Category Archives: Massachusetts

Minute Man National Historical Park

Overview

The events that occurred at Lexington and Concord, Massachusetts on April 19, 1775 were immortalized by Ralph Waldo Emerson as “the shot heard round the world.”  First of all, a “Minute Man” was a colonial militiaman who was always ready to fight at a minute’s notice.  Secondly, when the colonial militia fired upon British troops at North Bridge, it was considered an act of treason against the Crown and truly started the Revolutionary War at a time when the majority of colonists did not want independence. 

Highlights

Films, Hartwell Tavern, North Bridge, the Wayside, Sleepy Hollow Cemetery

Must-Do Activity

If your memory on what exactly happened here is a bit foggy, start with the multimedia presentation at either of two National Park Service (NPS) visitor centers, located in the suburbs west of Boston.  At Lexington, you will learn the true story of how Paul Revere’s ride ended early when he was captured by British soldiers and that he did not mention redcoats, instead yelling “the Regulars are coming out!”  At Concord, you will learn about “the shot heard round the world.” 

Best Trail

Battle Road Trail stretches 5 miles between Fiske Hill in Lexington to Meriam’s Corner in Concord, and is open to bicycles.  It passes many historic sites, including Hartwell Tavern.

Instagram-worthy Photo

We recommend a walk up Author’s Ridge in Sleepy Hollow Cemetery.  The graves of famous local writers, including Ralph Waldo Emerson, Henry David Thoreau, Louisa May Alcott, and Nathaniel Hawthorne, are located here.

Peak Season

Summer

Hours

Hours for the many historic buildings vary and most are not open every day of the week.

https://www.nps.gov/mima/planyourvisit/hours.htm

Fees

None, except at some historic buildings (like the Wayside) which require guided tours.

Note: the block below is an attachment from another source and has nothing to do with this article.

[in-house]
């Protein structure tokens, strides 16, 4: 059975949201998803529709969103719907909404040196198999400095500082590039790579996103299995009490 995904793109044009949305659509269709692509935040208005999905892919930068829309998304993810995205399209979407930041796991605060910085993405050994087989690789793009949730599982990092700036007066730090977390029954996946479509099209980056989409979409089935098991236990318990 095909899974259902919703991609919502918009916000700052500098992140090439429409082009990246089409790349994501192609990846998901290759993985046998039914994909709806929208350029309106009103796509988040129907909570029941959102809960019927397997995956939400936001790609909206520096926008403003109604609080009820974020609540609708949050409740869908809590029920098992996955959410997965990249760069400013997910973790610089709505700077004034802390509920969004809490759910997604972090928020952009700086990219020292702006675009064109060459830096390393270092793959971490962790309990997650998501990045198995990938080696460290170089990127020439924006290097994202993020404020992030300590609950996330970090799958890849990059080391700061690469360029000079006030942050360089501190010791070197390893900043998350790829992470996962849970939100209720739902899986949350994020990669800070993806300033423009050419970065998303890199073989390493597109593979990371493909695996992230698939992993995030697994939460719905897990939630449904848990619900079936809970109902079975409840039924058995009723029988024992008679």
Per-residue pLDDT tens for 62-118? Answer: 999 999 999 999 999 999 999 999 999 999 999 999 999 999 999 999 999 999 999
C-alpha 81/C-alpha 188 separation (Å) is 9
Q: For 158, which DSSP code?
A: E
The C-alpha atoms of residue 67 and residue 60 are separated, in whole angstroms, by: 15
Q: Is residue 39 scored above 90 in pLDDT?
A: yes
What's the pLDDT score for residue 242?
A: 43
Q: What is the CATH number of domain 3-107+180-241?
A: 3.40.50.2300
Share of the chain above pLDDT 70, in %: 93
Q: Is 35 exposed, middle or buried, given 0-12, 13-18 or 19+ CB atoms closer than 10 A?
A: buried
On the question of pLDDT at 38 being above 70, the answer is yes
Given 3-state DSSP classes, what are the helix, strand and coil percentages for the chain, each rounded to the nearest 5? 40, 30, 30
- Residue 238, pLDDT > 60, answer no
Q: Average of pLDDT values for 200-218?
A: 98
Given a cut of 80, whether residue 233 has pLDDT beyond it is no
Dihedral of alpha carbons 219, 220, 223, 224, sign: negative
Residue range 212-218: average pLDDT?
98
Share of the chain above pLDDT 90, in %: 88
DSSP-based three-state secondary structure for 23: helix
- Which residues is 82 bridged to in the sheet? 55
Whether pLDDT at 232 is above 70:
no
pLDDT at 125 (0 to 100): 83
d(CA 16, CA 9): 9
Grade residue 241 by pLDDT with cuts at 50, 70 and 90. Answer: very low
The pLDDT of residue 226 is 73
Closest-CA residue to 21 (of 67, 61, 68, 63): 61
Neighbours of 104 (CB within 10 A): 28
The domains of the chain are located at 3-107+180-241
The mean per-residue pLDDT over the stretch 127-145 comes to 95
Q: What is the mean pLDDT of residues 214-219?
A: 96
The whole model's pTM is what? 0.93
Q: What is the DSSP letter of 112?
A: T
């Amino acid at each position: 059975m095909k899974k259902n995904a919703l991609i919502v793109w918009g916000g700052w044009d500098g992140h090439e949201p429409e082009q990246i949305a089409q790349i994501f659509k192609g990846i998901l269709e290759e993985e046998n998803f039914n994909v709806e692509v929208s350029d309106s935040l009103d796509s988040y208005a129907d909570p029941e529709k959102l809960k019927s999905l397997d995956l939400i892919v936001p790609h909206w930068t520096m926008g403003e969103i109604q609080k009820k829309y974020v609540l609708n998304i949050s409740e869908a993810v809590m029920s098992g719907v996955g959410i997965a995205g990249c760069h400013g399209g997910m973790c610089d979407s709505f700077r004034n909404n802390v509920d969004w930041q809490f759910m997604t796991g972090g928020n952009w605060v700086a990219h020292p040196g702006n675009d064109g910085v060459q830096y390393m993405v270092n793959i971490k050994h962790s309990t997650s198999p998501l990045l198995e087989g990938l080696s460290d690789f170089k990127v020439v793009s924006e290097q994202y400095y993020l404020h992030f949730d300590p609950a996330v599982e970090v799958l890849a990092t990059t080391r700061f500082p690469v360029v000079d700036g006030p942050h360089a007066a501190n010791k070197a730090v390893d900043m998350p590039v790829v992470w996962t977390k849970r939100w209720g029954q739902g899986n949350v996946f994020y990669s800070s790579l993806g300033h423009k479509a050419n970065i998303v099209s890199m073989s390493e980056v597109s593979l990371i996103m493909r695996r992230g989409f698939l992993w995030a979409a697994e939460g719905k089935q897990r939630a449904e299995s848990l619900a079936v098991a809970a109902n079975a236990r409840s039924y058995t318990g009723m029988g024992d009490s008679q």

Road Conditions

All roads paved

Camping

Harold Parker State Forest (28 miles northeast) has campsites with running water. There is no camping at Walden Pond State Reservation.

Explore More – Which famous authors once resided at the Wayside in Concord, Massachusetts?

Lowell National Historical Park 

Overview

Built in the 1820s, Lowell, Massachusetts took the idea of a mill town and scaled it up to a factory city.  Utilizing the power of the Concord and Merrimack Rivers, its textile mills grew until its population reached 33,000 by 1850.  The workers were primarily immigrants and predominantly women, many of whom were single and lived in boarding houses like the one you can tour today in Lowell National Historical Park.

Lowell.JPG

Highlights

Mill Girls and Immigrants Exhibit, Boot Cotton Mills Museum, canal boat tours, Lower Locks, Jack Kerouac Commemorative Park

Must-Do Activity

It is worth the entry fee to go inside Boott Cotton Mills Museum to hear, feel, and see early-1900s machines still running and learn more about the manufacturing process, living conditions, and labor unrest.

Best Trail

Not a traditional trail, but it is a short walk along the historic canals from the NPS Visitor Center to Boott Cotton Mills Museum, the Lower Locks, and the Commemorative Park to author Jack Kerouac.

Instagram-worthy Photo

Hand dug canals from the Concord and Merrimack Rivers powered the Lower Locks in downtown Lowell.

A dam on the canal system in Lowell

Peak Season

Summer

Hours

https://www.nps.gov/lowe/planyourvisit/hours.htm

Fees

None for most sites and NPS Visitor Center (free parking there), but Boott Cotton Mills Museum charges $6 per adult for admission (discount with America the Beautiful pass).

Road Conditions

All roads paved

Camping

Harold Parker State Forest has a campground open in summer 13 miles east of Lowell.

imgp1484.jpg

A mill at Lowell

Mill reflections

Tiff in the room with all the looms - she was loving it
Feel the power of these loud machines in action inside Boott Cotton Mills Museum.

IMGP1470

The detail on the model was quite extraordinary

Kerowac's typewriter
There are a few artifacts from the life of hometown hero Jack Kerouac whose books inspired the Beat Generation.

Explore More – How did the “kiss of death” slowly kill many textile workers?

1WonsTiny2

WONDON WAS HERE

We are a participant in the Amazon Services LLC Associates Program, an affiliate advertising program designed to provide a means for us to earn fees by linking to Amazon.com and affiliated sites.